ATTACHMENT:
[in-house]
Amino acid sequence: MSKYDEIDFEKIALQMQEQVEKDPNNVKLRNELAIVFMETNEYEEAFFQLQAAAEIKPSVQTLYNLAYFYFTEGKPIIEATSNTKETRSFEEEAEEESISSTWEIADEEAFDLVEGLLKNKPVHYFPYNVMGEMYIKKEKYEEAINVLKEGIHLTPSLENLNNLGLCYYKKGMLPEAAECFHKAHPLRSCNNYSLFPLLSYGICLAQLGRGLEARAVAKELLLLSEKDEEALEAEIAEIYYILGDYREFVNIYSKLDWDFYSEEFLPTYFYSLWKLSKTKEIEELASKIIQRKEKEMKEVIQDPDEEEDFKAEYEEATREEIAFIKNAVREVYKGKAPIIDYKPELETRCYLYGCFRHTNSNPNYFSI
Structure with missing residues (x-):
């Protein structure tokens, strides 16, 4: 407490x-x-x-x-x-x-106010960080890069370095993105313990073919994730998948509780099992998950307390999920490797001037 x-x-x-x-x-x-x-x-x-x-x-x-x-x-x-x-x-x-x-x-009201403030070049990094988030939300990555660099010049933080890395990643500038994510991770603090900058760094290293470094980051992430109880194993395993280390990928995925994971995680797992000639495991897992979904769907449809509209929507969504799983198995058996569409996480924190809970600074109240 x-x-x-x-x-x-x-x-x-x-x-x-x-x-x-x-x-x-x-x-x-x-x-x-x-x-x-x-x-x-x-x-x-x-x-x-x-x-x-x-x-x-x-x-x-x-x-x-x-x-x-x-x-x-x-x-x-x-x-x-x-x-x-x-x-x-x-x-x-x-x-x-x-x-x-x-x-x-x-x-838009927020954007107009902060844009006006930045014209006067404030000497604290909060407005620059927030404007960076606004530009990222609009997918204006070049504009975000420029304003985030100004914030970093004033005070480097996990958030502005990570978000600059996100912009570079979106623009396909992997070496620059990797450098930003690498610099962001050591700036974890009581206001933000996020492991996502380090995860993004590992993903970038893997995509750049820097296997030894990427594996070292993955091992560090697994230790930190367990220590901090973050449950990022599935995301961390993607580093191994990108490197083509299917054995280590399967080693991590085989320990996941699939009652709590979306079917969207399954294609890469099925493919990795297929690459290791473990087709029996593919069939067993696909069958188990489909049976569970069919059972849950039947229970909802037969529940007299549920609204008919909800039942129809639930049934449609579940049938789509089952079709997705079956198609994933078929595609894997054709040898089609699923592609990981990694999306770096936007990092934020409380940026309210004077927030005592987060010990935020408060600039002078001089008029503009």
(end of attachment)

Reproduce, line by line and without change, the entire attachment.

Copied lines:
[in-house]
Amino acid sequence: MSKYDEIDFEKIALQMQEQVEKDPNNVKLRNELAIVFMETNEYEEAFFQLQAAAEIKPSVQTLYNLAYFYFTEGKPIIEATSNTKETRSFEEEAEEESISSTWEIADEEAFDLVEGLLKNKPVHYFPYNVMGEMYIKKEKYEEAINVLKEGIHLTPSLENLNNLGLCYYKKGMLPEAAECFHKAHPLRSCNNYSLFPLLSYGICLAQLGRGLEARAVAKELLLLSEKDEEALEAEIAEIYYILGDYREFVNIYSKLDWDFYSEEFLPTYFYSLWKLSKTKEIEELASKIIQRKEKEMKEVIQDPDEEEDFKAEYEEATREEIAFIKNAVREVYKGKAPIIDYKPELETRCYLYGCFRHTNSNPNYFSI
Structure with missing residues (x-):
């Protein structure tokens, strides 16, 4: 407490x-x-x-x-x-x-106010960080890069370095993105313990073919994730998948509780099992998950307390999920490797001037 x-x-x-x-x-x-x-x-x-x-x-x-x-x-x-x-x-x-x-x-009201403030070049990094988030939300990555660099010049933080890395990643500038994510991770603090900058760094290293470094980051992430109880194993395993280390990928995925994971995680797992000639495991897992979904769907449809509209929507969504799983198995058996569409996480924190809970600074109240 x-x-x-x-x-x-x-x-x-x-x-x-x-x-x-x-x-x-x-x-x-x-x-x-x-x-x-x-x-x-x-x-x-x-x-x-x-x-x-x-x-x-x-x-x-x-x-x-x-x-x-x-x-x-x-x-x-x-x-x-x-x-x-x-x-x-x-x-x-x-x-x-x-x-x-x-x-x-x-x-838009927020954007107009902060844009006006930045014209006067404030000497604290909060407005620059927030404007960076606004530009990222609009997918204006070049504009975000420029304003985030100004914030970093004033005070480097996990958030502005990570978000600059996100912009570079979106623009396909992997070496620059990797450098930003690498610099962001050591700036974890009581206001933000996020492991996502380090995860993004590992993903970038893997995509750049820097296997030894990427594996070292993955091992560090697994230790930190367990220590901090973050449950990022599935995301961390993607580093191994990108490197083509299917054995280590399967080693991590085989320990996941699939009652709590979306079917969207399954294609890469099925493919990795297929690459290791473990087709029996593919069939067993696909069958188990489909049976569970069919059972849950039947229970909802037969529940007299549920609204008919909800039942129809639930049934449609579940049938789509089952079709997705079956198609994933078929595609894997054709040898089609699923592609990981990694999306770096936007990092934020409380940026309210004077927030005592987060010990935020408060600039002078001089008029503009």